“The charter school sector in states such as California will lead the way in creating blended-learning models. Despite the state’s poor digital learning policies, because of the state’s budget crisis, these schools increasingly have no choice but to reinvent how they operate if they want to survive and serve students well.
“In 2012, several states will follow Utah’s lead and implement policies based on the recommendations of Digital Learning Now!, a national campaign co-chaired by former governors Jeb Bush and Bob Wise. Expect a serious push in at least two states for policies that allow dollars to follow students down to the online course and pay in part for the success of students, and expect several states to reconsider their policies and regulations around seat time and look to New Hampshire’s lead on competency-based learning.
“Powered by increasing disruption in the mobile learning space, thanks to devices such as Amazon’s Kindle Fire and the $35 Aakash Android tablet from India, expect mobile learning to explode not only in the United States but also worldwide—especially in developing countries. Increasingly, hardware and connectivity will not be the barriers to students accessing high-quality digital learning. With the growth of open-source, free, and user-generated content such as that in the Khan Academy, the future of learning and innovation in education is bright.”
—Michael Horn, executive director of education for the Innosight Institute and co-author of Disrupting Class: How Disruptive Innovation Will Change the Way the World Learns
“2012 will usher in an exponential growth in the opportunity to learn for all Americans, as we welcome newly evolved and more valuable digital environments designed and built by brilliant designers, entrepreneurs, and engineers, informed by researchers and educators, and with student-centered, personalized learning in mind.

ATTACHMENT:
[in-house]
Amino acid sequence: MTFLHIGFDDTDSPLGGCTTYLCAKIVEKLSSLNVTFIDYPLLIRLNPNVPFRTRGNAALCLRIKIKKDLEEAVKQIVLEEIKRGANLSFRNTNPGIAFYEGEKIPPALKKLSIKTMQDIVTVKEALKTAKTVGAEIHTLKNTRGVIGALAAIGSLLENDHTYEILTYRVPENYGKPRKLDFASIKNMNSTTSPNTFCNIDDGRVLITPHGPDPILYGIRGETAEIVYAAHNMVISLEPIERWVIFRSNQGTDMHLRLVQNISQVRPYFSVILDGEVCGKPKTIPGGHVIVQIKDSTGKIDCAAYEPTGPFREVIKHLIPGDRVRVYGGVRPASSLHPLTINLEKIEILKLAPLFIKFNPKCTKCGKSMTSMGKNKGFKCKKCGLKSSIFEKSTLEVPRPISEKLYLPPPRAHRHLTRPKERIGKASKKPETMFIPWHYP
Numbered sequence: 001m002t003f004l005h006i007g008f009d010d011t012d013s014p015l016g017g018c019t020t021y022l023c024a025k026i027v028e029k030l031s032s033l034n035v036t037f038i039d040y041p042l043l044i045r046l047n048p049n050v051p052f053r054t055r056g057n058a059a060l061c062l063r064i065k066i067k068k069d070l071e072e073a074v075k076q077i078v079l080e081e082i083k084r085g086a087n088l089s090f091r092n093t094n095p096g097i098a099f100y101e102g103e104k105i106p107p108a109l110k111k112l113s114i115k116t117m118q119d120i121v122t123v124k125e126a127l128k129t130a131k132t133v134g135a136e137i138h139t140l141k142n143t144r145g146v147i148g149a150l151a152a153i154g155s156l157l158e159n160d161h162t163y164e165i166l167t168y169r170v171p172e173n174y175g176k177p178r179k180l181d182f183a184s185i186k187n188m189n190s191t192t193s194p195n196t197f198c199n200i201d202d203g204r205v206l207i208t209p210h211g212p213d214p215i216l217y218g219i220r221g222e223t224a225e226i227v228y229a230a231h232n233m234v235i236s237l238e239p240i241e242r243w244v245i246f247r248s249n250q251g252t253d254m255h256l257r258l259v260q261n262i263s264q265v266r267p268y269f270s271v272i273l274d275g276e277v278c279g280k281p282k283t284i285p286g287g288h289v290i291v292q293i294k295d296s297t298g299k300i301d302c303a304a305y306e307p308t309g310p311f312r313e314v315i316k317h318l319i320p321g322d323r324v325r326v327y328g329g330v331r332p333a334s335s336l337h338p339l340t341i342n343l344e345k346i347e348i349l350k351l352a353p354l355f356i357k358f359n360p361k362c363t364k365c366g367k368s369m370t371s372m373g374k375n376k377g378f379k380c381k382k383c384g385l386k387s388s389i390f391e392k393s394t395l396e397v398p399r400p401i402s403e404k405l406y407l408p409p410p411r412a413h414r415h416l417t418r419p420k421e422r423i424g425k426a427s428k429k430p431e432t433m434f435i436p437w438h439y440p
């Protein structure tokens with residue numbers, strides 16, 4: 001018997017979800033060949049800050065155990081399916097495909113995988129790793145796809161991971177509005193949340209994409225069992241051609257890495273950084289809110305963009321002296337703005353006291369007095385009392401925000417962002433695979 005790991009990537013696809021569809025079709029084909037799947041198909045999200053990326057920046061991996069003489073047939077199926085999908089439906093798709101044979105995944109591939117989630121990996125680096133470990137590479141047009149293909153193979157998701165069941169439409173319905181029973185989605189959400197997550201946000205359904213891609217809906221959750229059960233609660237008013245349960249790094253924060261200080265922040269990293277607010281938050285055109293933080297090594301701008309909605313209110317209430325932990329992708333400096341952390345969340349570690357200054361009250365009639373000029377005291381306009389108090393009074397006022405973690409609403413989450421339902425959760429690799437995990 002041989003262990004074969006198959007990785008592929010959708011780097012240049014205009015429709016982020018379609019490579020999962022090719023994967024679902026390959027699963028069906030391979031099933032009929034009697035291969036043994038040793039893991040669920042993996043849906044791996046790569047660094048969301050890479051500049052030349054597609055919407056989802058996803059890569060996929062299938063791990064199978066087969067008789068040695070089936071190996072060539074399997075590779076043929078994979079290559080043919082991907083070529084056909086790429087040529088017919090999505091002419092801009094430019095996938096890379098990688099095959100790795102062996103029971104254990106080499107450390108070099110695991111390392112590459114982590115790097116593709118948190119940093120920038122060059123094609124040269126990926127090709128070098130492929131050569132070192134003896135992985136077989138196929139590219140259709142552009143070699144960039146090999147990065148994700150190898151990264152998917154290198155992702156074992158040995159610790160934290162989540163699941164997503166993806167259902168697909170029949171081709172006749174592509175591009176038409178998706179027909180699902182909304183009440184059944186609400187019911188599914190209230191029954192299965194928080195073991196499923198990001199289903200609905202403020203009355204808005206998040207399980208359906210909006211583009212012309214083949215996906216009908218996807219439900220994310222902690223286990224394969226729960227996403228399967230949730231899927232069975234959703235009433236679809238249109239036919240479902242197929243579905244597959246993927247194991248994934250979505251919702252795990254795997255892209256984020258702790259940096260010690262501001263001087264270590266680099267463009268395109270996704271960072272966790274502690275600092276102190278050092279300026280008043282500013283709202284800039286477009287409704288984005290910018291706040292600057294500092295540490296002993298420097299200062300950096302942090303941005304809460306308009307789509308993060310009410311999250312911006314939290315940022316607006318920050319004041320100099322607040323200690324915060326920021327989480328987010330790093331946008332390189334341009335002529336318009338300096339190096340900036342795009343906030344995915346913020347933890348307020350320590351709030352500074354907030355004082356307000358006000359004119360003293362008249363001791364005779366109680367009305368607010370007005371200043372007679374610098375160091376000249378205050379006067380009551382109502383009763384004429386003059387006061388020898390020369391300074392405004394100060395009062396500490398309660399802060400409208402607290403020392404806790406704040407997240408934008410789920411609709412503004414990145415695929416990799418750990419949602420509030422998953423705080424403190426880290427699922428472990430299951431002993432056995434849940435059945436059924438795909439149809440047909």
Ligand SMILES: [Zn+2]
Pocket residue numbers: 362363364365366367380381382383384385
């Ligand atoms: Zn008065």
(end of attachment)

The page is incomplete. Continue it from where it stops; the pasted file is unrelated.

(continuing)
“We will see expanded broadband access, and new assurances that all learners will have access in and out of school. We will see improved tools for content and resources to be found, improved, shared, and found again. Learning Analytics will spin up a whole new ecosystem of evidence and information in full support of learning about learning.
“And, we will see social networks deployed to more fully connect and inspire the incredibly important work of education professionals.”
—Karen Cator, director of the office of Educational Technology for the U.S. Department of Education
“The first prediction is that a student learning revolution will take off. Over the last few years, educational technologies have flooded into classrooms nationwide. In 2012, the ed-tech boom … will blossom into a true revolution in student learning occurring largely outside classroom walls. Driving that revolution will be (1) the creative integration of technology and digital content into curriculum; (2) an increased focus by school administrators on tracking student performance data, and the thoughtful analysis and application of this data by educators to design personalized instruction; and (3) an increased focus on supporting educators as they gain and sustain the skills needed to address the evolving needs of students. Together, these elements will drive a sharp upturn in creative and innovative blended learning opportunities for students occurring in traditional and non-traditional settings.
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